When I was a student at Cornell not too long ago, I must admit that I found it extremely difficult to stay focused in class. It seemed like a stretch that the 𝛌’s and 𝜟’s strewn across our lecture halls by eager professors would have any direct relevance to my future professional practice. Little did I know that I would return to campus years later to discover exactly how those algorithms and equations are helping the most innovative hoteliers leverage “Opportunities in the Era of Disruption.”
Earlier this month, an eclectic mix of hospitality professionals, academic scholars,and tech leaders descended upon Ithaca, New York for the 4th Cornell Hospitality Research Summit. It was a rare opportunity for industry and academia to come together and shape the blueprint of our industry for the next five to seven years.
For those of you who did not have the time to make the trek to Ithaca (and it is quite the journey), here are the top 3 insights from the Conference that you should keep on your horizon:
1. Building new dimensions into the guest experience
As OTA’s (online travel agencies) and short-term rentals like AirBnB capture an ever-growing share of market demand, hotels, airlines, and F&B groups must find creative ways to stay competitive.
At the heart of this effort are innovations that enrich the sensory experience of guests, like Virtual Reality (VR) and Art Design. Helen Chun, an associate professor at Cornell’s School of Hotel Administration, shared an example of Lufthansa using VR headsets to upsell passengers to their Premium Economy cabin. By adding vividness and interactivity beyond the limit of traditional photography and videos, VR helps inspire mental involvement, or the notion that “I could envision myself visiting this place” in customers.
Elizabeth Weiner, an art curator specializing in luxury hotels, spoke on how she incorporates research in choosing the right blend of art styles, colors, scale, uniqueness, and attention to detail to build a “sense of place” that fits each property.
To capture the guest experience feedback, businesses have enlisted real-time engagement platforms like Local Measure to respond personally to guests as quickly as possible. Local Measure’s COO, Sara Axelrod sparked a conversation by presenting a study that showed that hotels interacting with guests within 30 minutes of a social post generate up to 18x more brand advocacy.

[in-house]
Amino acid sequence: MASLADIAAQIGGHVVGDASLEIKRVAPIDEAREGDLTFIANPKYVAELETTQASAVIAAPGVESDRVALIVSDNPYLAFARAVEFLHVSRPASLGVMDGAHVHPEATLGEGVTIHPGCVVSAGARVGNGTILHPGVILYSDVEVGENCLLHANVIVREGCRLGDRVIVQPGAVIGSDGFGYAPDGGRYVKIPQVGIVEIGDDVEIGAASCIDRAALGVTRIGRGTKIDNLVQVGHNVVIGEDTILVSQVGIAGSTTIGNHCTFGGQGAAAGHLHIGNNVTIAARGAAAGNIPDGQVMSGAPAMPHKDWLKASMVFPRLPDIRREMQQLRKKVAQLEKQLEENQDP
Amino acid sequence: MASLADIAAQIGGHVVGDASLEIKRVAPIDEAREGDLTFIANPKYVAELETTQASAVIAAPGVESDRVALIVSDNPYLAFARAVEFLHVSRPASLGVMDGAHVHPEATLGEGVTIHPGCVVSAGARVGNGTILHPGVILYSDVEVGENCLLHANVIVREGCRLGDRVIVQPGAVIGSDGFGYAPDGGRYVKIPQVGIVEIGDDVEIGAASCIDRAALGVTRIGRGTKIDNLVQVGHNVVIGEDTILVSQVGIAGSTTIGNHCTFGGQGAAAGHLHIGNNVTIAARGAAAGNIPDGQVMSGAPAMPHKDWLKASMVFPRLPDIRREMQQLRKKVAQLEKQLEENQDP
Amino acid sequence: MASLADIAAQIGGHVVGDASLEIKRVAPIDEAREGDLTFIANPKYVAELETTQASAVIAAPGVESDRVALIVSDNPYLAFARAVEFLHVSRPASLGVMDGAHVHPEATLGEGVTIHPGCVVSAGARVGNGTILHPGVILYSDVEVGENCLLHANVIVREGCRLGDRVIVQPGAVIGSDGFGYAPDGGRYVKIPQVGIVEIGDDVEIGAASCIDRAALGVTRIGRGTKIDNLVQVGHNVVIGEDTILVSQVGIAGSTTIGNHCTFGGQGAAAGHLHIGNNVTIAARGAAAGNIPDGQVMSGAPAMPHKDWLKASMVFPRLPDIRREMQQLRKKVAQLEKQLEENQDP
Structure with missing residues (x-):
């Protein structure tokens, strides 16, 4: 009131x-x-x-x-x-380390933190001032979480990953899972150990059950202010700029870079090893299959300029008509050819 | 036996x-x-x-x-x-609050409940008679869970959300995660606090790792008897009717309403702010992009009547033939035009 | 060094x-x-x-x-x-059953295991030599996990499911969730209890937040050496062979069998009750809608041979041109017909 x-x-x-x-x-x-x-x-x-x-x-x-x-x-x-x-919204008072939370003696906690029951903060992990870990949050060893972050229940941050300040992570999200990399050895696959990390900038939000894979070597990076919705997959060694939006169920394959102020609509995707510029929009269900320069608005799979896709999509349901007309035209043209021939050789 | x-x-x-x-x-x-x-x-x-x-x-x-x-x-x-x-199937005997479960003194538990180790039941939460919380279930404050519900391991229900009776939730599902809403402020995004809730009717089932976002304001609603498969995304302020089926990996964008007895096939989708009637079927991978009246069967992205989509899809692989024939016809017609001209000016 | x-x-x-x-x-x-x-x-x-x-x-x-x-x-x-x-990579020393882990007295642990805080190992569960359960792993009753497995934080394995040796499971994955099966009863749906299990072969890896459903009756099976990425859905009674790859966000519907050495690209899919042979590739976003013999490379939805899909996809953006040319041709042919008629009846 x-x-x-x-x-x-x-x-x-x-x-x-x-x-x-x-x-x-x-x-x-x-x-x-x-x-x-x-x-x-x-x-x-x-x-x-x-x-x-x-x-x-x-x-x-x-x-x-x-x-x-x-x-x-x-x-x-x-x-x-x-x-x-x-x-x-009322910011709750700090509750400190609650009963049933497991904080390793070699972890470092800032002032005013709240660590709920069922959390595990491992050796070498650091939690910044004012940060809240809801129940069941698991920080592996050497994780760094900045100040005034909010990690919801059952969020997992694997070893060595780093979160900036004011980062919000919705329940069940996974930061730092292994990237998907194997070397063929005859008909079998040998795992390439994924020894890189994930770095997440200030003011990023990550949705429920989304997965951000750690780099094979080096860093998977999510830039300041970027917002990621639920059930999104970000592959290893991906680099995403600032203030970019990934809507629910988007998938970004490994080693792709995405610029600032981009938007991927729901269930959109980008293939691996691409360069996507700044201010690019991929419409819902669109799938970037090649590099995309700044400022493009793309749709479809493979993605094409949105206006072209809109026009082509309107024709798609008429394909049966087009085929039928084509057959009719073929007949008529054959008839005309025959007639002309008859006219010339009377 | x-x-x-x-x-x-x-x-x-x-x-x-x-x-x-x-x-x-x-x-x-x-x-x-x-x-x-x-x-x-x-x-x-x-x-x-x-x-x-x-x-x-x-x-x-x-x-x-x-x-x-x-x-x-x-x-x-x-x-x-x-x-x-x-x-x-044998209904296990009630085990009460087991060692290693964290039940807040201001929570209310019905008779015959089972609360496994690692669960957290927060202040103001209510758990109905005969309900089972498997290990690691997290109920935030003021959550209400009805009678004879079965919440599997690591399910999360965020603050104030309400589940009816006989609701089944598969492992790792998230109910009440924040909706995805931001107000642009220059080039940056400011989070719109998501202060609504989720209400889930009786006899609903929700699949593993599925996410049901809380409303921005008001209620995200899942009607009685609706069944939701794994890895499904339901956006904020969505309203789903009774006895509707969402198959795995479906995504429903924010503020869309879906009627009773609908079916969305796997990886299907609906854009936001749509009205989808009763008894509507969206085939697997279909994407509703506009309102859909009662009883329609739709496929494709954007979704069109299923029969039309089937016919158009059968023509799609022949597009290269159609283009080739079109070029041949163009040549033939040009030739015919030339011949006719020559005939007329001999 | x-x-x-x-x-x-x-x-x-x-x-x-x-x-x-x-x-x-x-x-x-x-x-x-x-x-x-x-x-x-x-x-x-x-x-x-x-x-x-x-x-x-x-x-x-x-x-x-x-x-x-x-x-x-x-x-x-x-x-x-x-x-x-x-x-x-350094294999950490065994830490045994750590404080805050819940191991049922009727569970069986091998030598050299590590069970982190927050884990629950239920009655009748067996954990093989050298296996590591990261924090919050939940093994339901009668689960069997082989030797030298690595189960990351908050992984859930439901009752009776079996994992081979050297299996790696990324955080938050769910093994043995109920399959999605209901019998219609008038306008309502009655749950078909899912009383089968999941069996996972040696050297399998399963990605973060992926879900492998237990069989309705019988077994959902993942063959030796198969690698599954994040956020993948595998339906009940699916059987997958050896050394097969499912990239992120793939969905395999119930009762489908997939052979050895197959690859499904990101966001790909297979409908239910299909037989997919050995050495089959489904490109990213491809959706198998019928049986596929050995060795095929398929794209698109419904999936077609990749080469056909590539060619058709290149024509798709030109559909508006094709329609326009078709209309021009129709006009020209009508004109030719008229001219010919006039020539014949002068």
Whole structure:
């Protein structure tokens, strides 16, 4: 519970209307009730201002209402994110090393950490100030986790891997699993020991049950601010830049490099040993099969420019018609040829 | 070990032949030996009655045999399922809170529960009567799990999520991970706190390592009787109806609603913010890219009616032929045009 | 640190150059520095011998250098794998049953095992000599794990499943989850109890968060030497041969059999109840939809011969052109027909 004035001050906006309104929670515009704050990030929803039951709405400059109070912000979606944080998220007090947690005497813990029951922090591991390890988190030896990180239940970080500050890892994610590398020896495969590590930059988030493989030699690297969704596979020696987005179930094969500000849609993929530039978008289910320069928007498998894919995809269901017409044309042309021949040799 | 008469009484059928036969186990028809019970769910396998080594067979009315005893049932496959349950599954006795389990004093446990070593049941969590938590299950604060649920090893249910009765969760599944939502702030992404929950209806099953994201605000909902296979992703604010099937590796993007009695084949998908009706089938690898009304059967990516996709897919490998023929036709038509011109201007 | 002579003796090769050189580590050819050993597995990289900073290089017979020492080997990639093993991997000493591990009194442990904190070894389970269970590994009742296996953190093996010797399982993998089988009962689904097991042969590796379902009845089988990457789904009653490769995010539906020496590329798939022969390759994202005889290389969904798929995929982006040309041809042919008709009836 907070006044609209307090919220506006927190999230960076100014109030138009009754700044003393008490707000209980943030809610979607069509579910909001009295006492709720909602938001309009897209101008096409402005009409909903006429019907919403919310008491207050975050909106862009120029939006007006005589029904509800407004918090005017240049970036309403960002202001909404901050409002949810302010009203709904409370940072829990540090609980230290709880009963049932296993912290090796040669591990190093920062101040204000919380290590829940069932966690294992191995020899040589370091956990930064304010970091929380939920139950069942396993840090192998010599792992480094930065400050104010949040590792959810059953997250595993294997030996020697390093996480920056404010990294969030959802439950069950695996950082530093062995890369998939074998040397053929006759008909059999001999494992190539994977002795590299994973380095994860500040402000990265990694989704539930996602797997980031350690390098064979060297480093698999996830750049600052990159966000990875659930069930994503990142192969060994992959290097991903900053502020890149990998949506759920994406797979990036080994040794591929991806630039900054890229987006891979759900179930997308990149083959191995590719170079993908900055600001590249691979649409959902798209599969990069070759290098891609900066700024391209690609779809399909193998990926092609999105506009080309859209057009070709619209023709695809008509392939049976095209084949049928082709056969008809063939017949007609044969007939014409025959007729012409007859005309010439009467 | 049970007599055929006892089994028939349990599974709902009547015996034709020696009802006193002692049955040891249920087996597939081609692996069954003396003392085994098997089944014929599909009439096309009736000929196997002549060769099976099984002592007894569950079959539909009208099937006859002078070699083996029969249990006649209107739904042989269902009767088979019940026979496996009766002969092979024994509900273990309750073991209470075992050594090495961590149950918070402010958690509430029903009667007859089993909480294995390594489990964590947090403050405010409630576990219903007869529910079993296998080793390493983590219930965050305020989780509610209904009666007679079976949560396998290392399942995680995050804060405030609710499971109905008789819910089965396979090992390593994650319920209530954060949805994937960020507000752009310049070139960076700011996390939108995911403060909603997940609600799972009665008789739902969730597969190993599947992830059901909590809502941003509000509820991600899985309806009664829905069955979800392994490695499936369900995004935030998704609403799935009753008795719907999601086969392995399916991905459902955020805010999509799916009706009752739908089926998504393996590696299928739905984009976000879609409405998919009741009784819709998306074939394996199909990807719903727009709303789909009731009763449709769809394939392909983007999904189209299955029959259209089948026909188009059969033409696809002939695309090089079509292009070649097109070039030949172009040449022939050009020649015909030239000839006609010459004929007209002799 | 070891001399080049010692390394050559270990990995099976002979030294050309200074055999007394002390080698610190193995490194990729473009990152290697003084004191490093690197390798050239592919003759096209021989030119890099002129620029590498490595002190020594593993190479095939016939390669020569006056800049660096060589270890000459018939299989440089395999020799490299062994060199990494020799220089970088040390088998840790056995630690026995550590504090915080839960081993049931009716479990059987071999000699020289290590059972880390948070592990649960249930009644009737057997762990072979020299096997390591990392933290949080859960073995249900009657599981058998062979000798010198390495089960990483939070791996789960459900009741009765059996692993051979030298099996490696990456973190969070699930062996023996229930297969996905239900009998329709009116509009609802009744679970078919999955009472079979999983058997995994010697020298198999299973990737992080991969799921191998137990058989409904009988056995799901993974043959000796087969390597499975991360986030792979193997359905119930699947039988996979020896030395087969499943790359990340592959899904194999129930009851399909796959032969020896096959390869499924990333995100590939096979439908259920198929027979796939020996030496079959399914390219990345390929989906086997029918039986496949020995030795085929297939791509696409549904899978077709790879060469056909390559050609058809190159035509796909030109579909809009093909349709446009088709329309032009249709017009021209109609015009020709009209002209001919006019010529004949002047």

By combining rich sensory experiences with real-time service, businesses increase their ability to attract new customers. But how do you retain these customers? Enter Loyalty 2.0.
2. Traditional definitions of loyalty no longer apply in the age of the omni-channel guest.
Typically, hotels have used nights stayed per year as a metric for guest loyalty, which in turn determines how much brands spend to retain these customers.
New research suggests that Customer Lifetime Value or CLV, may be a more accurate indicator of loyalty. CLV predicts the net profit attributed to the entire future relationship with a customer combining both their own stays with referrals they make to other customers.
The most interesting insight from this research is that OTA use did not necessarily have a negative impact on CLV, especially in the premium brands segment, where hotels are more likely to win over guests from OTA’s with their service. In addition, CLV also raises the question of whether guests should be rewarded for referrals, particularly in the age of social media where even non-influencers can drive significant traffic to a brand’s direct channels.
“New research suggests that Customer Lifetime Value or CLV, may be a more accurate indicator of loyalty.’’
While revenue managers and loyalty experts have turned to AI and complex algorithms to predict profitability, we’ve also seen a return to Hospitality 101 on the service side. A study by AETHOS Consulting Group appears to confirm the age-old belief that the highest performing front-line staff possess a “Hospitality X-Factor” that no technology can replace.
With the ever increasing amount of data coming from both digital channels and face-to-face guest interactions, how can companies manage this data and make it actionable?
3. Integration is key for technology to remain relevant.
A major theme that emerged from the conference is that much of the innovation in hospitality right now exists in silos. All this fragmentation has come at a cost, including significant delays for OTA reservations to be recorded in hotel POS systems, lack of recognition for loyalty program members, and “app fatigue” when guests are confronted with too many apps that are needed to maintain a seamless experience. With the average hotel tech stack now containing upwards of 20 systems, the biggest opportunities now lie in integrating the data that exists across POS, CRM, revenue management, and loyalty platforms.
According to Vivek Bhogaraju, Director of Revenue Management Solutions at Expedia, another problem with the lack of integration is that the majority of innovation has been concentrated in isolated pockets, with just a handful of brands pushing the industry forward. To that end, he called for a “democratization of innovation.”
It is understandable for academics to doubt the rigor of claims made by hospitality professionals, and for hoteliers to question the practical applications of research in an unpredictable industry; but when both sides collaborate, we are able to collectively elevate the experience of travel. As conference co-chair Professor Chris Anderson stated, the biggest question for firms going forward is how to incentivize customers through technology to capture greater demand. By paying attention to innovations in guest experience, loyalty, and technology integration, you too can leverage the many “Opportunities in the Era of Disruption.” If you don’t, someone else will.